As we continue this Easter celebration through Eastertide, the 50 days between Easter and Pentecost, I invite you to think about Thomas.  And, if it helps you, to use the image my dear friend gave to me as such a gift and blessing some 20 years ago. It is okay to have the head faith, the faith that you carry because it is about the things you have been told or have been taught. But what Jesus really, truly desires for us and with us is a heart faith, the kind of faith we seek to see in God’s world in all that we do, with and in all we encounter, including the everyday places.

The not-so-empty tomb

This is my 2020 Easter sermon. We heard the Gospel of John 20:1-18.

Easter is the most sacred of days, the day we celebrate the resurrection of Jesus Christ – a day that changed the world like no other before, nor since.  Although we in the church revel in the return of the “Alleluias,” the Gospel story of the resurrection is quite different.  The story as told in John’s Gospel starts as one of emptiness, disbelief, and tears.  It is a story of not immediately seeing what is happening, who is right there in front of you.  It is a story that unfolds slowly, deliberately, rather than with the heightened energy and excitement that seems to surround other stories – Christmas, for instance, with its heralding star, angels proclaiming the news, and magi with gifts.  It is a story of expectation and longing.  Then it becomes the story of the promise fulfilled.

The theologian, Frederick Buechner writes:

The symbol of Easter is the empty tomb. You can’t depict or domesticate emptiness. You can’t make it into pageants and string it with lights. It doesn’t move people to give presents to each other or sing old songs. It ebbs and flows all around us, the Eastertide. Even the great choruses of Handel’s Messiah sound a little like a handful of crickets chirping under the moon.

He rose. A few saw him briefly and talked to him. If it is true, there is nothing left to say. If it is not true, there is nothing left to say. For believers and unbelievers both, life has never been the same again. For some, neither has death. What is left now is the emptiness. There are those who, like Magdalen, will never stop searching it till they find his face.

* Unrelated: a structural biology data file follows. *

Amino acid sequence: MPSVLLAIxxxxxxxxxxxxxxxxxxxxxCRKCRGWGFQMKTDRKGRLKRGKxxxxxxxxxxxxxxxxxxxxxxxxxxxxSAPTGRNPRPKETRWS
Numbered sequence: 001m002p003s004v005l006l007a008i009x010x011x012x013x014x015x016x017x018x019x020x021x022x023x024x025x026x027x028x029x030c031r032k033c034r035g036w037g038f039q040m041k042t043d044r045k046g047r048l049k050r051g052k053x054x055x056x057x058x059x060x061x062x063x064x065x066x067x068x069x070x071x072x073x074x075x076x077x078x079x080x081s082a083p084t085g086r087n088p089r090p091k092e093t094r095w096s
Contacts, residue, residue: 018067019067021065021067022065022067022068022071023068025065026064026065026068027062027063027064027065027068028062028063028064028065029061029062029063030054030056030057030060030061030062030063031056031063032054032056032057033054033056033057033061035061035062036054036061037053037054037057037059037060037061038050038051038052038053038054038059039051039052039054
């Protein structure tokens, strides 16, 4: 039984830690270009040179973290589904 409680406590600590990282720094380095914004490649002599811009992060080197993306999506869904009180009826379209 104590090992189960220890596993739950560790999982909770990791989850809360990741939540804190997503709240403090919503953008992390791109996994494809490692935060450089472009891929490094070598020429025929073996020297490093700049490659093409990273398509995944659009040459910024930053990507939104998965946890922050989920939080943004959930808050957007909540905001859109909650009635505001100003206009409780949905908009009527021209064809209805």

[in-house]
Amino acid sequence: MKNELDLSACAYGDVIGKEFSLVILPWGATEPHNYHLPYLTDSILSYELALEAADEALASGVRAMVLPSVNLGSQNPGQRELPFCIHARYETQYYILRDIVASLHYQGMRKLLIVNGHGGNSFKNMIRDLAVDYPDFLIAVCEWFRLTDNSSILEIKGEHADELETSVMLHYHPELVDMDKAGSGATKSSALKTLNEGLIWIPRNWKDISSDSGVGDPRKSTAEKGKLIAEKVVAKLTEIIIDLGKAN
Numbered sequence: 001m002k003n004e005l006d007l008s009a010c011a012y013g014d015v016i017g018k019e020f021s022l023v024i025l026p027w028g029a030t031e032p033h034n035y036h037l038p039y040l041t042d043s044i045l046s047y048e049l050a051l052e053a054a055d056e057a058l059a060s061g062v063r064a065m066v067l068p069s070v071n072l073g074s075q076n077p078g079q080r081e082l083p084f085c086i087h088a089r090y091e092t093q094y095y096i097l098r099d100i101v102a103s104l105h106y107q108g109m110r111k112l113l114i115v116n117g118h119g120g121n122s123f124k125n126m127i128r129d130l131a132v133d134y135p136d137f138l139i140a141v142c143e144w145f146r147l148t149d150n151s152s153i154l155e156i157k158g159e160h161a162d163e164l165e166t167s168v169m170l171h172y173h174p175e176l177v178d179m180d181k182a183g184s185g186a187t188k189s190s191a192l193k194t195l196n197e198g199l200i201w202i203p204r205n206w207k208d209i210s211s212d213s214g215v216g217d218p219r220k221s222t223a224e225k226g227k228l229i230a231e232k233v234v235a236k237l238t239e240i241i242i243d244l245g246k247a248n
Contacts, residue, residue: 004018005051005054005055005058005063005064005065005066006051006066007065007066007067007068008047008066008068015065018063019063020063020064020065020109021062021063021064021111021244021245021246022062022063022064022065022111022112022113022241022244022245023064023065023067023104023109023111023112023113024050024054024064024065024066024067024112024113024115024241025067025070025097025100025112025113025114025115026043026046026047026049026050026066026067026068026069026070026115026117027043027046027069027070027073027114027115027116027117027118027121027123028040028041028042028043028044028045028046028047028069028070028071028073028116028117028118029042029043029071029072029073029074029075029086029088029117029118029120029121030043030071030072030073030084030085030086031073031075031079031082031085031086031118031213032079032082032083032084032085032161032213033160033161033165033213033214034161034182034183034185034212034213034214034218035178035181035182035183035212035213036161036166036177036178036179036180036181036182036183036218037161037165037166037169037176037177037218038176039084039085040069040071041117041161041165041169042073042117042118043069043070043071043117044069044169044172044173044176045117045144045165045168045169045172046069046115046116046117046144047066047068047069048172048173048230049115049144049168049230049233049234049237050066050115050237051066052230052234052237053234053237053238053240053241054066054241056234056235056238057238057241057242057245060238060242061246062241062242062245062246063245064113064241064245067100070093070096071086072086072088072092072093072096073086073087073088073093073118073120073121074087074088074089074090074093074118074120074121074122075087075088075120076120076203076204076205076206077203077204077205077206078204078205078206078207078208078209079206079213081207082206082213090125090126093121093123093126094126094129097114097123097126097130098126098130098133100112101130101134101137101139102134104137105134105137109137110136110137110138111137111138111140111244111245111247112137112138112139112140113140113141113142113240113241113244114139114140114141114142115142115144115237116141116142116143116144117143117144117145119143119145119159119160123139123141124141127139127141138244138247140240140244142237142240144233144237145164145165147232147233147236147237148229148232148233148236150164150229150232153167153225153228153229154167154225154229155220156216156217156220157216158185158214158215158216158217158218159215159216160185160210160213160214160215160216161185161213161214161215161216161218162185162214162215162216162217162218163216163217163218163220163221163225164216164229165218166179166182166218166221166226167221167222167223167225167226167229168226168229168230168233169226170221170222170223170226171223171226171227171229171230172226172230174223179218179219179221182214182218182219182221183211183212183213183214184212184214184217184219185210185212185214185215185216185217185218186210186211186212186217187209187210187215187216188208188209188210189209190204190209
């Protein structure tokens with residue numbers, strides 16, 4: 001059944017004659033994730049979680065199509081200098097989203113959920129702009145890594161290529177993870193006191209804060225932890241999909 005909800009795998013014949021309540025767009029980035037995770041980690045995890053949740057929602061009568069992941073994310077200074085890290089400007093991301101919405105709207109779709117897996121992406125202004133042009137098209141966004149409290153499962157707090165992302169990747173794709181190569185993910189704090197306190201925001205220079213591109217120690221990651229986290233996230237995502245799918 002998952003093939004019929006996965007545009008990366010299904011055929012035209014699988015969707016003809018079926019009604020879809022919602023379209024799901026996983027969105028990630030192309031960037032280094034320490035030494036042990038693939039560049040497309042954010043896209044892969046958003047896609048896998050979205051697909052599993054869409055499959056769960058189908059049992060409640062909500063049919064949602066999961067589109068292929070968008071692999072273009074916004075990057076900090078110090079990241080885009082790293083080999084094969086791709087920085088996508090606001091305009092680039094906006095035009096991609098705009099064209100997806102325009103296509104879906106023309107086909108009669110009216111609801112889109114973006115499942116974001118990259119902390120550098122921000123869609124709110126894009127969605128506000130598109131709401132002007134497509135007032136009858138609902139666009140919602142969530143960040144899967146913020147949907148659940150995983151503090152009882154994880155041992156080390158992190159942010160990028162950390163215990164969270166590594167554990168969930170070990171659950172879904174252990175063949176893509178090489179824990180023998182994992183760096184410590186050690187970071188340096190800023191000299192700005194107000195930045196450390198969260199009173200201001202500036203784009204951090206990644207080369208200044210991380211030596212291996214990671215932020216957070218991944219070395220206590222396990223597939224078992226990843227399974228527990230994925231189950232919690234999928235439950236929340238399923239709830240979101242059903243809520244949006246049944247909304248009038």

(http://frederickbuechner.com/content/easter)

In today’s Gospel,  Mary Magdalene rises early and quietly returns to the tomb to pay her respects to her beloved friend and teacher.  It is easy to believe she expected to be alone with Jesus, in a time of quiet sorrow that the hopes she shared with so many others for a different kind of life, a life that had been summarily taken from them with Jesus’ execution.  Imagine how she must have felt, to have even this ritual of mourning taken from her.  Imagine her disbelief that anyone would have taken his body.  Imagine her longing to be able to be with Jesus, even for just one more day.  She runs to Peter and the Beloved Disciple to share her grief and disbelief.

Peter and the Beloved Disciple cannot believe it either.  They have to see for themselves, so they accompany Mary Magdalene back to the tomb.  When they see that what she told them is true, they turn and walk away.  They believe it is over, that there is nothing left to expect.  They return to their homes, leaving Mary Magdalene there, alone at the empty tomb.

But wait!  The tomb isn’t empty.  There are angels but not the loudly, joyfully proclaiming angels who heralded Jesus’ birth.  These angels are sitting quietly, as if waiting for Mary to notice them, waiting for her to make the first move.    When she looks in, they ask her a question, “Woman, why are you weeping?”  She answers them and then turns away to leave.  And then she has the experience of meeting the risen Christ face-to-face We might wonder how it is she did not recognize the man she dearly loved and respected, the man she knew could change the world.  How could she mistake Jesus for the gardener?  Wouldn’t it, shouldn’t it, have been obvious to her who he was?

Imagine Mary Magdalene, there with Jesus through his ministry, his crucifixion, and now at the empty tomb, without the benefit of the 2000+ years of history and experience we have today.  She is there at the empty tomb with no other plausible explanation for what happened to the body of the man she saw die than that the authorities moved it or someone, for some reason, stole it.  It is little wonder, really, that she mistook Jesus for a gardener.  She does not know what to think, what to believe, but as much as she longs for it she does not expect to ever see Jesus again.

Mary Magdalene’s experience of the risen Christ is as true an experience as can possibly be.  Jesus does not push his way into our lives.  He does not insist we recognize him.  Jesus invites us into relationship.  He invites us to open our hearts and our minds to him.  Jesus gently holds the full promise of forgiveness and redemption, of eternal life, which is our Easter joy.  He literally died on the cross so that we might come to know him in this way, yet he does not insist that we accept this gift.  Jesus desires that we seek to see his face in the times and places, circumstances and people in which we’d least expect to see it, even, as happened to Mary Magdalene, at the empty tomb.